Travel: Having great fun in the Philippine archipelago

The Huma Island resort and spa
The Huma Island resort and spa

Stand-up paddle boarding in a tropical rainstorm and searching for a creature said to have inspired Yoda in Star Wars. A holiday in the Philippines is anything but run-of-the-mill

Such is my introduction to Bohol, ‘The Island of Friendship’, in the Philippines.

The Philippines is an archipelago of approximately 7,000 isles to the south and east of mainland Asia. It’s known for its white sand beaches, clear water and dive sites, but Bohol also has heritage and culture.

The island and its tiny neighbour, Panglao (the two are linked by a bridge), are in the central Visayas region, just over an hour’s flight from the capital, Manila, in the north. You can sunbathe, sightsee - and even stand-up paddle board.

As the sky clears, my instructor, Troy, and I paddle through dripping rainforest to the small Busay Falls. Clearings reveal patterned huts, woven from banana leaves. A man, fishing for tilapia, drops a line from a bamboo pontoon. There’s the smell of meat cooking on hot coals.

Suddenly a coconut plops into the water; I jump and joke about crocs.

“There aren’t crocodiles but there are iguana,” Troy says, sounding excited. He tells me they taste like chicken but are tricky to catch.

But it’s another form of wildlife for which Bohol is known; it’s the Philippine tarsier, said to have inspired Yoda in Star Wars.

The nocturnal, fist-sized creature is among the smallest primates in the world. Its eyes cover three quarters of its head and it has an exceptionally long ‘middle finger’ (tarsus bone), hence its name.

I creep through a forest protected by the Philippine Tarsier and Wildlife Sanctuary near Corella. Amazingly, I’m in luck; clinging with its sucker-tipped hands to a narrow branch, I spot a shy fellow snoozing. It opens its goggle eyes and almost seems to smile.

Later, I meet sanctuary founder “Tarsier Man” Carlito Pizarras, who tells me the animals’ habitat is being destroyed by agriculture and development and that they commit suicide by holding their breath if they’re kept in captivity.

From Corella, I head to Carmen, in the centre of the island, for something equally as odd - Bohol’s Chocolate Hills. There are about 1,000 of these conical, 40m mounds, named because they resemble giant chocolate drops when vegetation dies back from November to April.

Geologists believe the landscape was formed from marine coral deposits, sculpted over the centuries by erosion. Locals prefer legends. One focuses on a giant who fell in love with a mortal, and in grabbing her from her lover on her wedding day, squashed and killed her in his palm. The hills are his calcified tears.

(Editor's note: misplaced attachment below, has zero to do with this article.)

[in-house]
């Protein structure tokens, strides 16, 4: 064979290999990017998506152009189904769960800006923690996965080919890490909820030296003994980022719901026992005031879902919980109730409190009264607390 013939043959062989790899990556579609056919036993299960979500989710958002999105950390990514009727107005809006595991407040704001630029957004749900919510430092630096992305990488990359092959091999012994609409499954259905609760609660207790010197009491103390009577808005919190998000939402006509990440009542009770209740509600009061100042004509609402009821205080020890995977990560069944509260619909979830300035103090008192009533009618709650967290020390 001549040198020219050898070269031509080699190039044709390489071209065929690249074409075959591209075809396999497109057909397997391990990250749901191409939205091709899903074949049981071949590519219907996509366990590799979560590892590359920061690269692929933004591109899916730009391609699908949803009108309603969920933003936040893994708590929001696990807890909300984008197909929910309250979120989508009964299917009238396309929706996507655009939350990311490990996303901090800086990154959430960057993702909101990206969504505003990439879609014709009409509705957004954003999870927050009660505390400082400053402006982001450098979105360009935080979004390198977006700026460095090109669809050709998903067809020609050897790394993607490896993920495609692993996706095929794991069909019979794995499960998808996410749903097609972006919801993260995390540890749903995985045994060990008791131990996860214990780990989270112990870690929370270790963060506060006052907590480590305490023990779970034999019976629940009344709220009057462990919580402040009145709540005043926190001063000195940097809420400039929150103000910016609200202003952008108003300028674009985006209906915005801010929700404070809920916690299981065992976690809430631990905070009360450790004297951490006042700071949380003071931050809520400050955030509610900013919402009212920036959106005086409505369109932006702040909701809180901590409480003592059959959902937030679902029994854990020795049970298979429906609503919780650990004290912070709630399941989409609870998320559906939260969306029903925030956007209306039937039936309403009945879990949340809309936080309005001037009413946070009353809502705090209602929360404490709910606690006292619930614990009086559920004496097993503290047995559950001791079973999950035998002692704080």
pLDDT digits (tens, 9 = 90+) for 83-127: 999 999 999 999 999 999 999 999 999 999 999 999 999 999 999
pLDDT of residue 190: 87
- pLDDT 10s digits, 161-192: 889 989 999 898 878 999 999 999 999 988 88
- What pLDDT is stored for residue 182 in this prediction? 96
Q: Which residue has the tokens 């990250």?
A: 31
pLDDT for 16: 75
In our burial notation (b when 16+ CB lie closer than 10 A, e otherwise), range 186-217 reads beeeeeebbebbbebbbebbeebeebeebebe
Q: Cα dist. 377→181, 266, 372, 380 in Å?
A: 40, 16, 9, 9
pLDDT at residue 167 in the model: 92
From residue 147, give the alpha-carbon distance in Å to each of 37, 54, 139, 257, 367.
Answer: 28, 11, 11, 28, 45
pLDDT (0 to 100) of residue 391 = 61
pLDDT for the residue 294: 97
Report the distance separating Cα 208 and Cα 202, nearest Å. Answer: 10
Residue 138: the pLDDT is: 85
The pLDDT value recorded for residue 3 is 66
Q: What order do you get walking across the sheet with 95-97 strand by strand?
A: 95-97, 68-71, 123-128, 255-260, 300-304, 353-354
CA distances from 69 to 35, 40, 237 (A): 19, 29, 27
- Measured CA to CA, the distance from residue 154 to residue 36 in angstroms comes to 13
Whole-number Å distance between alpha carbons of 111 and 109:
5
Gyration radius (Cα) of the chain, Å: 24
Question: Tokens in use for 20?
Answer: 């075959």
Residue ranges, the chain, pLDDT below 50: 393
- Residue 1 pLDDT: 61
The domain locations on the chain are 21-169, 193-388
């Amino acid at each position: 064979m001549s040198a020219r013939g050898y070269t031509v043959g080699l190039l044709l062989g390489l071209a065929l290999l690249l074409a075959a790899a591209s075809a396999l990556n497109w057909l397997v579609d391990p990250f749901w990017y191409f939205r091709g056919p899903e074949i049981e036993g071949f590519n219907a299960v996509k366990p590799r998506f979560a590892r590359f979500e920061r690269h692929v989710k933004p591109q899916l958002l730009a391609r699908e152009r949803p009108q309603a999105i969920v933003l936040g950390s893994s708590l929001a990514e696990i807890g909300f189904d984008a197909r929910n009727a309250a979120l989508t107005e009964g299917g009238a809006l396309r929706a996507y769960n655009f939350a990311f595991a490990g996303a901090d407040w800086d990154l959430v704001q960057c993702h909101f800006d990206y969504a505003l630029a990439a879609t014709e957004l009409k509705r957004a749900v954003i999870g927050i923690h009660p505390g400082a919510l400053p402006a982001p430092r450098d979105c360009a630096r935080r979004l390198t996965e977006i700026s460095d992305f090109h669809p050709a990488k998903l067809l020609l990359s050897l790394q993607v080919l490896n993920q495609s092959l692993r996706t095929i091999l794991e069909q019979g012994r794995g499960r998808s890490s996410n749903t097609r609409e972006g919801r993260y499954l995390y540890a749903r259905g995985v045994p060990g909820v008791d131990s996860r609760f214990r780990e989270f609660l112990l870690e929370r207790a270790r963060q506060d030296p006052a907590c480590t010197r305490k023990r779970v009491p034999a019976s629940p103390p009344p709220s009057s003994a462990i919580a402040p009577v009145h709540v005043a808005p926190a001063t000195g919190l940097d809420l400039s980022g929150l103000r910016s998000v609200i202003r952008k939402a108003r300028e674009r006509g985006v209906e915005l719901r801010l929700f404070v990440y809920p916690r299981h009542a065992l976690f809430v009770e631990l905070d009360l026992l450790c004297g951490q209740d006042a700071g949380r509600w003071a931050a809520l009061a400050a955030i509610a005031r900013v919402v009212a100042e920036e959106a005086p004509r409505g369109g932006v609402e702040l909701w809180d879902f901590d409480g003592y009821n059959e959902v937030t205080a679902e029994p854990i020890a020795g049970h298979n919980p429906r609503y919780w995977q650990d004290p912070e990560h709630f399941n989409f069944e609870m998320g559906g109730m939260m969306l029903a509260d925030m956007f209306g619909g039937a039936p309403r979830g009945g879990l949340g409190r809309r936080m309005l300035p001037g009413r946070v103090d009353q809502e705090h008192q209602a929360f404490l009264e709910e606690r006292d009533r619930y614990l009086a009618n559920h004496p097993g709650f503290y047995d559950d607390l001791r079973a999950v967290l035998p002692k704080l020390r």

On my way back to Panglao, where I’m staying, I stop at Baclayon Catholic church, built by Spanish missionaries in 1595. (The Philippines was a Spanish colony for three centuries.)

Luckily, it’s time for something cheery. A local worshipper, Gigie Javier, shows me the church’s prized possession - a cabinet containing statues of the Holy Family. The glass front has a large hole from a Japanese bomb blast in WWII.

Gigie asks me why I think the statues weren’t damaged - it’s clear they should have been.

“They weren’t touched because that’s how miracles work!” she proclaims.

I stay at Alona beach on Panglao’s south-west coast, where bars and seafood shacks hug the shore. Bangka (outrigger canoes) with tarpaulins straddle the sea like giant water boatmen. I wake up early and go for a dip; the water’s ridiculously warm.

The Philippines is hot, humid and tropical, and even in the wet season, torrential downpours don’t clear the air. I enjoy island-hopping but sightseeing is a sweaty business, especially in Manila.

The capital’s traffic is notorious; roads are regularly gridlocked. But the super-polished, chrome jeepneys, packed with passengers and daubed with slogans, are a travel highlight. It costs just 8 pesos (approx 11p) for a 4km journey.

Jeepneys are former US army jeeps, left behind after WWII. Locals converted them into buses and decorated them with spiritual slogans and graffiti-style art.

‘God is the answer’, one vehicle claims. ‘In God’s speed’, declares another. But my favourite is, Thou shalt not kill’ - always worth remembering when you hit the road.